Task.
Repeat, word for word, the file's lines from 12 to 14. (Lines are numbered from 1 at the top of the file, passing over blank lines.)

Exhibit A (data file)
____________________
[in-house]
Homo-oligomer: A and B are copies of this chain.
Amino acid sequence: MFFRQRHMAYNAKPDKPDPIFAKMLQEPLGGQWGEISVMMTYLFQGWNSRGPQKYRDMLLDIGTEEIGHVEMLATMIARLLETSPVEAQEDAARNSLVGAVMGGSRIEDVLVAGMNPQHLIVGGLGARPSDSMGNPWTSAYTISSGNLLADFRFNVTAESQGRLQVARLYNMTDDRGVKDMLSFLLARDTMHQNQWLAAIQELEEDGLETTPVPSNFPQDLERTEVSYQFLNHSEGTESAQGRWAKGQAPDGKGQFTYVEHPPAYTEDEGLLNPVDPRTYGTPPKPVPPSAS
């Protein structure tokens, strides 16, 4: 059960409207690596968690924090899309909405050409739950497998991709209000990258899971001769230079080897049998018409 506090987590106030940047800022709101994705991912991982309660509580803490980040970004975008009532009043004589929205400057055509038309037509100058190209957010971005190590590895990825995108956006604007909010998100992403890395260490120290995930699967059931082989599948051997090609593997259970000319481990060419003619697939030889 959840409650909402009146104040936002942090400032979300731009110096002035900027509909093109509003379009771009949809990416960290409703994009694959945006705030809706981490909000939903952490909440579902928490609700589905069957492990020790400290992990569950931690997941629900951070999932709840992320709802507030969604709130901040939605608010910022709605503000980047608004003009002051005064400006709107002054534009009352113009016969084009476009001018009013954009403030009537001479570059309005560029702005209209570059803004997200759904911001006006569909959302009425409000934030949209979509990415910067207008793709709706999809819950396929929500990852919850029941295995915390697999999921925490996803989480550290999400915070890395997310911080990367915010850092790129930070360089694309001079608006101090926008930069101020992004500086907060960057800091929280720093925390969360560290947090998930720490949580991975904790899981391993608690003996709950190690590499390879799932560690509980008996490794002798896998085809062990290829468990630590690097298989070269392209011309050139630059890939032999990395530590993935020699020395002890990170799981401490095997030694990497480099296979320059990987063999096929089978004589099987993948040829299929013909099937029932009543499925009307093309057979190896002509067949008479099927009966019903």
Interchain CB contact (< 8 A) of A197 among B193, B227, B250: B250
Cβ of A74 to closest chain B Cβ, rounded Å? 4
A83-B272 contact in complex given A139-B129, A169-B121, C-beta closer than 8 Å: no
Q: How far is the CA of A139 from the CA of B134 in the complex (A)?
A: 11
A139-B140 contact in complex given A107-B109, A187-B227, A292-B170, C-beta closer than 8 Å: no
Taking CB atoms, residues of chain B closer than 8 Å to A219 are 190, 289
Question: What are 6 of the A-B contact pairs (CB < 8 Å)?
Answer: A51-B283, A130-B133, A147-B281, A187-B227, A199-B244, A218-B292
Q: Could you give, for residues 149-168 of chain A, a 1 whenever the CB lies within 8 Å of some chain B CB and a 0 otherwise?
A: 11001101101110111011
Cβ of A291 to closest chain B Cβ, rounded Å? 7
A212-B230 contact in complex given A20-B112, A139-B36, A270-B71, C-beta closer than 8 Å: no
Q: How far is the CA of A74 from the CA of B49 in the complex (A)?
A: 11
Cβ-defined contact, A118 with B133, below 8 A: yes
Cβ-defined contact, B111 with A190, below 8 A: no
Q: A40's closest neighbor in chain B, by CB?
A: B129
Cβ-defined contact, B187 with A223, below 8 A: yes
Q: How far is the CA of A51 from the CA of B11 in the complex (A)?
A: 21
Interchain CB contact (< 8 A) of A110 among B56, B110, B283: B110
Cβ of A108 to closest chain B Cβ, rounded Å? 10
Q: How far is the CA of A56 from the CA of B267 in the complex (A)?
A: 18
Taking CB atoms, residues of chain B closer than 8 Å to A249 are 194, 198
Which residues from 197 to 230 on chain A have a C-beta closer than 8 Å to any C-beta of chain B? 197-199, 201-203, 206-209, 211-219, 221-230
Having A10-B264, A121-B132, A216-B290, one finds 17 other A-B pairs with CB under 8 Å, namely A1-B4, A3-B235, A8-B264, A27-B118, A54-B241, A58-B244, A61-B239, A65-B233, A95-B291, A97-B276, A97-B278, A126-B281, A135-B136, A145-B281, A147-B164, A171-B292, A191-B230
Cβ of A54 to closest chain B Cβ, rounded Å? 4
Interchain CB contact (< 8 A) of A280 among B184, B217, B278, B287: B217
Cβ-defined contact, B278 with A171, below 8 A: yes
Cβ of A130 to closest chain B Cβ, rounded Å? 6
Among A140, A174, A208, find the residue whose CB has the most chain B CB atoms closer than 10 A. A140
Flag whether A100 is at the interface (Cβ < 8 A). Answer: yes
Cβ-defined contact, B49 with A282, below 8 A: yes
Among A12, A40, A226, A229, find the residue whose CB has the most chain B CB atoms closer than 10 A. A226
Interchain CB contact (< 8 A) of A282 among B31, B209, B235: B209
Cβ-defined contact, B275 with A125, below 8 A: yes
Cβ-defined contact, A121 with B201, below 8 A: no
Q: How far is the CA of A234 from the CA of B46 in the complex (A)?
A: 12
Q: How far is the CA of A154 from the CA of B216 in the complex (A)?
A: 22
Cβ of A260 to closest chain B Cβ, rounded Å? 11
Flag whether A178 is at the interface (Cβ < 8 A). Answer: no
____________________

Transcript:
Question: What are 6 of the A-B contact pairs (CB < 8 Å)?
Answer: A51-B283, A130-B133, A147-B281, A187-B227, A199-B244, A218-B292
Q: Could you give, for residues 149-168 of chain A, a 1 whenever the CB lies within 8 Å of some chain B CB and a 0 otherwise?